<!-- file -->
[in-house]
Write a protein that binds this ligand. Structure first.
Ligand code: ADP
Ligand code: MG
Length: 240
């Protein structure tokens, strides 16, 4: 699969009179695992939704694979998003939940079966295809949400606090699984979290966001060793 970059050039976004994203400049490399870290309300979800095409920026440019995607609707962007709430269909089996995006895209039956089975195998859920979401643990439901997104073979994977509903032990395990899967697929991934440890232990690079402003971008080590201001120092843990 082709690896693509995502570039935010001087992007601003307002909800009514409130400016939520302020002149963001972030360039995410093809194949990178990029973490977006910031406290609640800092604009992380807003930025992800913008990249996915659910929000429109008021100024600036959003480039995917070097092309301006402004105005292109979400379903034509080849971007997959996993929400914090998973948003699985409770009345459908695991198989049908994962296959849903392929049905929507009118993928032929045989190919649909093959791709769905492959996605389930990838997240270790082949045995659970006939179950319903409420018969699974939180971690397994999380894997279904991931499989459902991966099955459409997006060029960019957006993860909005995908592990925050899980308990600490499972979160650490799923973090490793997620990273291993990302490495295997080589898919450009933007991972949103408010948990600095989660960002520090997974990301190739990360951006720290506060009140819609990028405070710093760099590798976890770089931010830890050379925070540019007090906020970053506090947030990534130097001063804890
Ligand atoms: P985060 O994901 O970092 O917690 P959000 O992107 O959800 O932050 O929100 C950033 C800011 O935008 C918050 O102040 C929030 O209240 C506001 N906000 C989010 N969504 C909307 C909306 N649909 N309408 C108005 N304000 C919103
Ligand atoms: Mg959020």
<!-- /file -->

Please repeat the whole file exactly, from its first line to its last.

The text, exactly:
[in-house]
Write a protein that binds this ligand. Structure first.
Ligand code: ADP
Ligand code: MG
Length: 240
């Protein structure tokens, strides 16, 4: 699969009179695992939704694979998003939940079966295809949400606090699984979290966001060793 970059050039976004994203400049490399870290309300979800095409920026440019995607609707962007709430269909089996995006895209039956089975195998859920979401643990439901997104073979994977509903032990395990899967697929991934440890232990690079402003971008080590201001120092843990 082709690896693509995502570039935010001087992007601003307002909800009514409130400016939520302020002149963001972030360039995410093809194949990178990029973490977006910031406290609640800092604009992380807003930025992800913008990249996915659910929000429109008021100024600036959003480039995917070097092309301006402004105005292109979400379903034509080849971007997959996993929400914090998973948003699985409770009345459908695991198989049908994962296959849903392929049905929507009118993928032929045989190919649909093959791709769905492959996605389930990838997240270790082949045995659970006939179950319903409420018969699974939180971690397994999380894997279904991931499989459902991966099955459409997006060029960019957006993860909005995908592990925050899980308990600490499972979160650490799923973090490793997620990273291993990302490495295997080589898919450009933007991972949103408010948990600095989660960002520090997974990301190739990360951006720290506060009140819609990028405070710093760099590798976890770089931010830890050379925070540019007090906020970053506090947030990534130097001063804890
Ligand atoms: P985060 O994901 O970092 O917690 P959000 O992107 O959800 O932050 O929100 C950033 C800011 O935008 C918050 O102040 C929030 O209240 C506001 N906000 C989010 N969504 C909307 C909306 N649909 N309408 C108005 N304000 C919103
Ligand atoms: Mg959020």